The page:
Why Are Nurse Practitioners So Important?

Nurse practitioners can diagnose and treat patients as well as perform procedures. They differ from physicians in that their patient care approach is more holistic. Being nurses, they gather information about a patient not only to include physical symptoms but psychosocial and environmental information as well. They are skilled in education and therefore can spend time teaching patients and family about disease processes, treatments, and healthcare prevention as well as diagnosing acute health issues.

According to the American Association of Nurse Practitioners, nurse practitioners can also help lower the cost of healthcare, as patients who use NPs as their primary care provider have fewer emergency room visits and shorter hospital stays. Additionally, they help to fill the gap with the primary care physician shortage in the United States. They also tend to have high patient satisfaction.

RELATED: The States with the Largest Nursing Shortages

How to Become a Nurse Practitioner

Nurse practitioners are advanced practice registered nurses who have completed a Master’s of Science in Nursing (MSN) or a Doctor of Nursing Practice program (DNP).

To advance to a master's degree or doctoral in nursing, a student must complete an accredited nursing program and obtain a Bachelor's of Science in Nursing (BSN). Upon graduating with a nursing degree, successful completion of the NCLEX-RN is needed for licensure. The length of time it takes to obtain an MSN depends on the nurse's starting point:

  • Nursing students enrolled in a BSN program complete in about four years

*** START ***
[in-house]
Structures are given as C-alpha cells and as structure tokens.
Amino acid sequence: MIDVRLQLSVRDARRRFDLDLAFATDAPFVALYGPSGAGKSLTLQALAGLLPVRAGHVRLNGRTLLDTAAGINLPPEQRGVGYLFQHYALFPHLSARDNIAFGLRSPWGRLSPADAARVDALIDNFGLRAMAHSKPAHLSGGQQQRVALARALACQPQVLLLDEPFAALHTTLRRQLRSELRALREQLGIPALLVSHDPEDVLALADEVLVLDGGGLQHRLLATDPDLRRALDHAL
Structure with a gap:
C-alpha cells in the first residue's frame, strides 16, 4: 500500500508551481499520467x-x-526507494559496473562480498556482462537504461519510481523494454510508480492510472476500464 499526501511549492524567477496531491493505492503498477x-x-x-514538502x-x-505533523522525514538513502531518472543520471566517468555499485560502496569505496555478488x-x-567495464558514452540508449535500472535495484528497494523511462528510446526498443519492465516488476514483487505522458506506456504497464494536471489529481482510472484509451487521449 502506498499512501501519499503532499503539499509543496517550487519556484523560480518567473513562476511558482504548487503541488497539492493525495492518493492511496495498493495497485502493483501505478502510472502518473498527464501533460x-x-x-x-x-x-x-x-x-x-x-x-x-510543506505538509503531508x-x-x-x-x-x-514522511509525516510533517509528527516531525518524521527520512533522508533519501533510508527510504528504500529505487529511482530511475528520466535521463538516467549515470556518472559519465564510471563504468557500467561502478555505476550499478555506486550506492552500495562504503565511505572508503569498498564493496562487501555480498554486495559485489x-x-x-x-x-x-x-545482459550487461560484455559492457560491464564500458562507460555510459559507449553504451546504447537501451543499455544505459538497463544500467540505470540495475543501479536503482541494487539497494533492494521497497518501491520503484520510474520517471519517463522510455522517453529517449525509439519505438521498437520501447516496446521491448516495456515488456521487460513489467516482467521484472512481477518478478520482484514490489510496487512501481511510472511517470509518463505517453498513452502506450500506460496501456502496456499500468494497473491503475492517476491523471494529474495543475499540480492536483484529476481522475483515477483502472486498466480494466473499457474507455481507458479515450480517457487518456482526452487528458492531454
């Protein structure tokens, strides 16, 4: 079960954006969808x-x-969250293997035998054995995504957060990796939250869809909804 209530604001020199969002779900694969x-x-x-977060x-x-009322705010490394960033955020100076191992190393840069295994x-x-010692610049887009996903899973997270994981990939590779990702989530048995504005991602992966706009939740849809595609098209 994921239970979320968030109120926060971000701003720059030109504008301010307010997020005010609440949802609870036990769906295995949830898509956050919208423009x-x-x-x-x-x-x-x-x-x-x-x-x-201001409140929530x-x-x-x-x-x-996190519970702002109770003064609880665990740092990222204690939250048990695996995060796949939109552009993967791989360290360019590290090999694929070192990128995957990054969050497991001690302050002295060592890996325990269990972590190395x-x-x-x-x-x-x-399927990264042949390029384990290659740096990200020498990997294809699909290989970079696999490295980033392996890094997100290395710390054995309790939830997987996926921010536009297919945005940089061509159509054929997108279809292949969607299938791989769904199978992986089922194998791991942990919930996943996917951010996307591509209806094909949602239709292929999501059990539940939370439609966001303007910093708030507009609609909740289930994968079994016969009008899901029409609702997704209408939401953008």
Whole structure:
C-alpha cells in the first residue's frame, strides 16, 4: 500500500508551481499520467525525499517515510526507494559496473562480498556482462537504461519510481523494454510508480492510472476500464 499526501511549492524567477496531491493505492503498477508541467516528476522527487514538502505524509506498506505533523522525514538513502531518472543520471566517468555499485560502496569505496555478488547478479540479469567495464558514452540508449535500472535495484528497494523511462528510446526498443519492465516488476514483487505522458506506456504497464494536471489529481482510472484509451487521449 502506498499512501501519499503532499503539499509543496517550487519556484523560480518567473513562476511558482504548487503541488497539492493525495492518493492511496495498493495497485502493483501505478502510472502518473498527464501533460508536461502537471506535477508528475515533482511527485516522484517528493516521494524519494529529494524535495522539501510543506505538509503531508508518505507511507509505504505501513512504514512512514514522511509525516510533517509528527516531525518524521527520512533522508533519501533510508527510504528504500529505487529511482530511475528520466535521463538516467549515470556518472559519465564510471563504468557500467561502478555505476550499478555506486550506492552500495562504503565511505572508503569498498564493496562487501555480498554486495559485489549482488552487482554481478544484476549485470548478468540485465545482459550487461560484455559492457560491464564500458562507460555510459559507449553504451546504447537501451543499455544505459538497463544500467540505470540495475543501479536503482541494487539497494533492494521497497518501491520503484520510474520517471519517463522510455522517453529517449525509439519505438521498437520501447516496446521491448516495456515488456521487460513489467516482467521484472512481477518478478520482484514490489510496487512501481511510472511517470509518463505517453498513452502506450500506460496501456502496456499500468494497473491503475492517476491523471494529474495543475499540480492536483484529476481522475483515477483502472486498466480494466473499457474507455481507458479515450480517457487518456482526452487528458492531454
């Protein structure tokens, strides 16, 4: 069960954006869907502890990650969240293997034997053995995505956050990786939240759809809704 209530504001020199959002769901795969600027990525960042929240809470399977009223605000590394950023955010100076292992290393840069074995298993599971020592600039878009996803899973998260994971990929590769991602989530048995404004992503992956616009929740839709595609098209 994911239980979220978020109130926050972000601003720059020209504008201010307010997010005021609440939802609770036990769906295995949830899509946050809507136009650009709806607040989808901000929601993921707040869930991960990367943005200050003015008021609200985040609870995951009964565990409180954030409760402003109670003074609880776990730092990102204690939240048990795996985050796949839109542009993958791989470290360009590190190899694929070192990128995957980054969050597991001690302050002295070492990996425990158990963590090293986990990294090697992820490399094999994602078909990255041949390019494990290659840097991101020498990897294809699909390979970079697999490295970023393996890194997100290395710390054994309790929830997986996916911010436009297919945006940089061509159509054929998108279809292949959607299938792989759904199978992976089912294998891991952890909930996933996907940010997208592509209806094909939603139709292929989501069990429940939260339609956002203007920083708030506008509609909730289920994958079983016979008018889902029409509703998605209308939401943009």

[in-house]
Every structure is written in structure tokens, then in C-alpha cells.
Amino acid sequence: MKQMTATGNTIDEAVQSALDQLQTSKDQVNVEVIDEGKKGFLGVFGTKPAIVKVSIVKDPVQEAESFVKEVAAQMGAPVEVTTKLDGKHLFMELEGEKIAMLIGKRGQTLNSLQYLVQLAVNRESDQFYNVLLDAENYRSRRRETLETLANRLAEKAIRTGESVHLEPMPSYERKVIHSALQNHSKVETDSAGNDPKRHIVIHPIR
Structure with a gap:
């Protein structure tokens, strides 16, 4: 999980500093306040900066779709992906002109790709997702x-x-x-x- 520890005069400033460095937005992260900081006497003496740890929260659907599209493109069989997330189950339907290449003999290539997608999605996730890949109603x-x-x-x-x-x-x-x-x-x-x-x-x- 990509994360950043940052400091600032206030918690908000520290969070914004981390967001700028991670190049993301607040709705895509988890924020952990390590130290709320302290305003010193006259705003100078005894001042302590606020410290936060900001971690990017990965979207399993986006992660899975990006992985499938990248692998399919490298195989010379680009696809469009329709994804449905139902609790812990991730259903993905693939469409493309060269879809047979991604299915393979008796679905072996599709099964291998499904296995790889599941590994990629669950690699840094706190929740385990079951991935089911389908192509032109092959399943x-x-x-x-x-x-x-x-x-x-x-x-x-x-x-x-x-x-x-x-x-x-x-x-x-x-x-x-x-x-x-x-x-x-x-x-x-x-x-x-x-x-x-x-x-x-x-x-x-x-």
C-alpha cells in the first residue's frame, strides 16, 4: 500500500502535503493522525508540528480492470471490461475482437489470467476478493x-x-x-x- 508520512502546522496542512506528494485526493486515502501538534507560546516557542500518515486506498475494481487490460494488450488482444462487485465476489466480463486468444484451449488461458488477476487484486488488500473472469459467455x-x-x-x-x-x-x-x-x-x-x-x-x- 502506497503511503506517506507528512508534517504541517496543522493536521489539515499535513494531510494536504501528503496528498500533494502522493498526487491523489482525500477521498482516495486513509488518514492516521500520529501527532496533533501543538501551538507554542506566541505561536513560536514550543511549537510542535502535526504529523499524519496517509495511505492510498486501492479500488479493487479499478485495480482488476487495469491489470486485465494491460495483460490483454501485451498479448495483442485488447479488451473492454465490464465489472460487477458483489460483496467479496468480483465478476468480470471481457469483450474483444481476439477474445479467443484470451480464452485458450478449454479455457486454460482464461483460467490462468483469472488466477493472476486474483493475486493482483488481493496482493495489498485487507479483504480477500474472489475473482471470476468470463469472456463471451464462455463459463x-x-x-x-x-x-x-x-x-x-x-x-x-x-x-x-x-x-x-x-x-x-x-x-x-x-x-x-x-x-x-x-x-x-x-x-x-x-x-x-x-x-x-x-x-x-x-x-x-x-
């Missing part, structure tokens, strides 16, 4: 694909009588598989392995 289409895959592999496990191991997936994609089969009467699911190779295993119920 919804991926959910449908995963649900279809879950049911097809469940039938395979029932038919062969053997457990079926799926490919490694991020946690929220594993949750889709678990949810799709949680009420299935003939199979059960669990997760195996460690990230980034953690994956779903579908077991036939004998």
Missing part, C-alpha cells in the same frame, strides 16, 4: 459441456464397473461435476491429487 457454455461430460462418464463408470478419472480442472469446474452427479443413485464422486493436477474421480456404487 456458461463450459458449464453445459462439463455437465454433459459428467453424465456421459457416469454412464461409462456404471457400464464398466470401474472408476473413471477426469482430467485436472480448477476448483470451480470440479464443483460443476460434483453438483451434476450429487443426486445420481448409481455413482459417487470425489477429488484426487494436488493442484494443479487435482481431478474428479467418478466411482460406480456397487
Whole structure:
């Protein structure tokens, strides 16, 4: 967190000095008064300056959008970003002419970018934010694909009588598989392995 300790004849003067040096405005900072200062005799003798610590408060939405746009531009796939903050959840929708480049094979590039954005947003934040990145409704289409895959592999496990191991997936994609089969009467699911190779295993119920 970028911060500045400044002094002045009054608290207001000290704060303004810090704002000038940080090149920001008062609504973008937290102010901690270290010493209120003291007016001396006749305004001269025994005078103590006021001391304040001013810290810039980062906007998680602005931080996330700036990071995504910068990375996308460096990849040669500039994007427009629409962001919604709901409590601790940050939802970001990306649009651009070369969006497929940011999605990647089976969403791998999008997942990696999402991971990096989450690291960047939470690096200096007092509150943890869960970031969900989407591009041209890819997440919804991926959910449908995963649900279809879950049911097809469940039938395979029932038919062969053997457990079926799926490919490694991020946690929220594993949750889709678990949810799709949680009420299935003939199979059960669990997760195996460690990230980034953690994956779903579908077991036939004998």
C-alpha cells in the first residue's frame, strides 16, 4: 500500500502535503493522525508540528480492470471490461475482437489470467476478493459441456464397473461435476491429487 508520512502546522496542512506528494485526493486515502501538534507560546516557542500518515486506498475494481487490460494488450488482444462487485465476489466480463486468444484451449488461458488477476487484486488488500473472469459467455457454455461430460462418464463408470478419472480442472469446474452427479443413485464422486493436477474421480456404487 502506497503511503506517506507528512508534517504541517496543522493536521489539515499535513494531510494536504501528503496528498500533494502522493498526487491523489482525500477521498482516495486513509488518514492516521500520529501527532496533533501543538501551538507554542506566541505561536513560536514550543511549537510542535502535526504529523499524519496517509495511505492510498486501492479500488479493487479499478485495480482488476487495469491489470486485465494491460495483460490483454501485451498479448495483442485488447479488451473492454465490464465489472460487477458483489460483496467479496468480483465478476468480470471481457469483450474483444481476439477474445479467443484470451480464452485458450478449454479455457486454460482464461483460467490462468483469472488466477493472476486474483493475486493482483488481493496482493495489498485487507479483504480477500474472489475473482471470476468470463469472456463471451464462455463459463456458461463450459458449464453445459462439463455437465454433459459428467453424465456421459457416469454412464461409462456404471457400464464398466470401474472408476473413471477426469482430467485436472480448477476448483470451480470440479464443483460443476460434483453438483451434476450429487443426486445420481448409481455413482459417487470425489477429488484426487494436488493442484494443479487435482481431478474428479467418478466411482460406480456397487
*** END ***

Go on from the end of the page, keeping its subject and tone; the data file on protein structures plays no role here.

• RN to BSN takes about two years
  • BSN to MSN takes about two years
  • BSN to DNP takes three to four years
  • MSN to DNP takes one to two years

Additionally, both online programs and classroom programs are available to accommodate students. Both types have pros and cons depending on students' needs, therefore researching individual schools is encouraged.

Research nurse practitioner programs.

Nurse Practitioner Schooling and Education Requirements

Nurses who enjoy practicing independently and who wish to diagnose and prescribe while still utilizing nursing skills can advance to the field of advanced practice nursing. Nurses who seek to pursue their NP should value autonomy, integrity, and leadership.

Educational Prerequisites

Some graduate programs require nurses to gain a few years of clinical experience before enrollment. Some schools allow nurses to work concurrently during the program. Regardless, obtaining clinical experience is crucial as it prepares the future nurse practitioner to be able to address a multitude of medical concerns and situations.

Nurses are also required to have a baccalaureate nursing degree (BSN). Nurses who hold an Associate's Degree in Nursing (ADN) will need to obtain a BSN. There are many opportunities to obtain a BSN. Many healthcare organizations also assist employees in advancing degrees and assist in tuition reimbursement, cost of books, and granting time off for nurses.

Nurse Practitioner Program Specialties

There are many clinical areas in which a nurse practitioner can work. From primary care to specialty care, acute care, and long-term care, nurse practitioners are valuable members of the patient care team. Some NP programs include training in certain specialties; otherwise, certification can be obtained through the American Nurses Credentialing Center (ANCC). Some areas include:

Post-master’s certificate programs and nursing certifications are available for current NPs who wish to switch or expand specialties.

Examination, Licensure, and Certification

Certification in a specific specialty area can be completed concurrently within the MSN/DNP program or obtained via an independent study from the ANCC or other learning institutes. Not all specialties offer formal certifications. In this case, the NP student can choose areas of specialization to work on during the program to obtain clinical competency. Eligibility for certifications obtained outside of an MSN/DNP program can differ and students are encouraged to research requirements when choosing a specialty.

Once a specialty program is completed, the nurse may take an examination for certification. For example, a nurse can take the Family Nurse Practitioner Exam to earn an FNP-C (Family Nurse Practitioner Certified) title.